The last decade has seen a marked interest in deliberative citizen assemblies. Ideally, such bodies allow ordinary citizens to engage in rational deliberation over pressing political issues. However, they often lack significant influence on policymaking or electoral politics, a criticism leveled at James Fishkin's National Issues Convention (Fishkin 1995; Gastil 2000: 131, 135). The British Columbia Citizens' Assembly on Electoral Reform (CA) is an important institutional innovation precisely because it exercised considerable political influence. Its participants judged which electoral system would best suit the Province of British Columbia, whose citizens could then accept or reject the recommended system in a provincial referendum.
In doing so, the CA engaged in two forms of political influence. First, they set the agenda for a binding, province-wide referendum, by voting to select a modified version of the single transferable vote (STV; see page 130) over the German-style mixed member proportional representation system (MMP; see page 130). In choosing STV, the Assembly did not make a binding decision for the province. But because their choice was to be ratified through a Yes or No vote, they set a very narrow agenda for the BC electorate, and agenda-setting is a pretty significant form of political power (Dahl 1989: 112–14; Riker 1982). But beyond agenda-setting, participants in the CA also exercised political influence in recommending the STV to the broader BC populace. On a micro-level, individual participants tried to persuade their fellow citizens that the STV was the best system for the province.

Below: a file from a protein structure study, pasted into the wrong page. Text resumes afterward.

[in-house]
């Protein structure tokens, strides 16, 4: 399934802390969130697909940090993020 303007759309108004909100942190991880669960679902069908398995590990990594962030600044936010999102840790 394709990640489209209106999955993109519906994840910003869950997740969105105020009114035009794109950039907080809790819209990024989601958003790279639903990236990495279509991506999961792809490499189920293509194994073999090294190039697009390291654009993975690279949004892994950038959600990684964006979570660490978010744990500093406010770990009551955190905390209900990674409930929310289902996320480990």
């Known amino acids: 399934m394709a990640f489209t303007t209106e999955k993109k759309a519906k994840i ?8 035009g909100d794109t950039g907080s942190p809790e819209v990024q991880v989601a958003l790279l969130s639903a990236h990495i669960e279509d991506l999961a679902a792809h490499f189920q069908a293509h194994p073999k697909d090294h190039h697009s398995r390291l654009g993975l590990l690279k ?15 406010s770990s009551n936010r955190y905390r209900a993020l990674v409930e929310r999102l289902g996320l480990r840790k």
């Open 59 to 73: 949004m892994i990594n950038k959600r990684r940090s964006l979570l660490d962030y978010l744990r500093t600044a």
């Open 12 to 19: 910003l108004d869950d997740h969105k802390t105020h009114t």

Email your librarian or administrator to recommend adding this book to your organisation's collection.